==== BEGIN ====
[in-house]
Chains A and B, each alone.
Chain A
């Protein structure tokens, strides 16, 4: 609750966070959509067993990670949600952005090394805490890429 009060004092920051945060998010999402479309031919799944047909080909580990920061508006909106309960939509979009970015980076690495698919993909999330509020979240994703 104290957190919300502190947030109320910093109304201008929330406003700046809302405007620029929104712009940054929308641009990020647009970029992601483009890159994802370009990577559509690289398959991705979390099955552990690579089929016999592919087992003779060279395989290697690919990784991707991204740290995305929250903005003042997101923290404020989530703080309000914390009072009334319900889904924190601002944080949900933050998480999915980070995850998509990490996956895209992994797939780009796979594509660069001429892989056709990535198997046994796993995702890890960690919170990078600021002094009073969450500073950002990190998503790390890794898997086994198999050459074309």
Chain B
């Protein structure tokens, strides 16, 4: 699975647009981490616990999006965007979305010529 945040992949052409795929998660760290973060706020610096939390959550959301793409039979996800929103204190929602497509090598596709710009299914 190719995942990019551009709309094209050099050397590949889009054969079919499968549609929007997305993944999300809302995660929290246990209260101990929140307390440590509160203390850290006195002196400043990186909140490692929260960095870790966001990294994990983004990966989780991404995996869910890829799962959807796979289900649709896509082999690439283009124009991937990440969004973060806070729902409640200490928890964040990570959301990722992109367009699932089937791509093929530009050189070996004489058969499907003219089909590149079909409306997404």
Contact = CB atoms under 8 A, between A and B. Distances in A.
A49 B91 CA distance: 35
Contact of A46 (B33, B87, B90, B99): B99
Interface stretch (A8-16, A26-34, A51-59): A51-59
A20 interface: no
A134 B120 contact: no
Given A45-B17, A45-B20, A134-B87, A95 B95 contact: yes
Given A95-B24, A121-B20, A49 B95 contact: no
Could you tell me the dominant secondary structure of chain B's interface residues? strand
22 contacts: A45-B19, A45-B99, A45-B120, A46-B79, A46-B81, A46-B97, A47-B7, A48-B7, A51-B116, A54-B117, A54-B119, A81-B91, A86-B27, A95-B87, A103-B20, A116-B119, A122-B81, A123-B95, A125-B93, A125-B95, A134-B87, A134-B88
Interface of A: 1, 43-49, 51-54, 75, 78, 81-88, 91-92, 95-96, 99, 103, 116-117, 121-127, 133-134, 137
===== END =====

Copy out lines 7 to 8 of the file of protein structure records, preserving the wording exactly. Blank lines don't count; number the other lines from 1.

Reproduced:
Contact = CB atoms under 8 A, between A and B. Distances in A.
A49 B91 CA distance: 35